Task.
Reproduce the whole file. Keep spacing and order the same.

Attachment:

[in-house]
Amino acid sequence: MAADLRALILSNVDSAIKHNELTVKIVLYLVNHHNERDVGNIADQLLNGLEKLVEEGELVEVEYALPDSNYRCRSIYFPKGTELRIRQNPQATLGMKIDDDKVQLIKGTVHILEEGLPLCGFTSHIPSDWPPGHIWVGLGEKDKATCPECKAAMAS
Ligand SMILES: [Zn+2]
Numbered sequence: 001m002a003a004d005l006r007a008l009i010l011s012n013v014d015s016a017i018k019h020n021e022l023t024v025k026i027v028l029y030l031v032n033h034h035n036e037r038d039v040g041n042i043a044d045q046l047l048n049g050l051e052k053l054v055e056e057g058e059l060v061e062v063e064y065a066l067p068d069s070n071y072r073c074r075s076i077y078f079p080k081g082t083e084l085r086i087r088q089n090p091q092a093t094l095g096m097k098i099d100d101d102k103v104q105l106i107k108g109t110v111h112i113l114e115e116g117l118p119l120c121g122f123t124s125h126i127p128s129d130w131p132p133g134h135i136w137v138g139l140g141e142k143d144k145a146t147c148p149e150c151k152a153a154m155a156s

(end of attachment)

[in-house]
Amino acid sequence: MAADLRALILSNVDSAIKHNELTVKIVLYLVNHHNERDVGNIADQLLNGLEKLVEEGELVEVEYALPDSNYRCRSIYFPKGTELRIRQNPQATLGMKIDDDKVQLIKGTVHILEEGLPLCGFTSHIPSDWPPGHIWVGLGEKDKATCPECKAAMAS
Ligand SMILES: [Zn+2]
Numbered sequence: 001m002a003a004d005l006r007a008l009i010l011s012n013v014d015s016a017i018k019h020n021e022l023t024v025k026i027v028l029y030l031v032n033h034h035n036e037r038d039v040g041n042i043a044d045q046l047l048n049g050l051e052k053l054v055e056e057g058e059l060v061e062v063e064y065a066l067p068d069s070n071y072r073c074r075s076i077y078f079p080k081g082t083e084l085r086i087r088q089n090p091q092a093t094l095g096m097k098i099d100d101d102k103v104q105l106i107k108g109t110v111h112i113l114e115e116g117l118p119l120c121g122f123t124s125h126i127p128s129d130w131p132p133g134h135i136w137v138g139l140g141e142k143d144k145a146t147c148p149e150c151k152a153a154m155a156s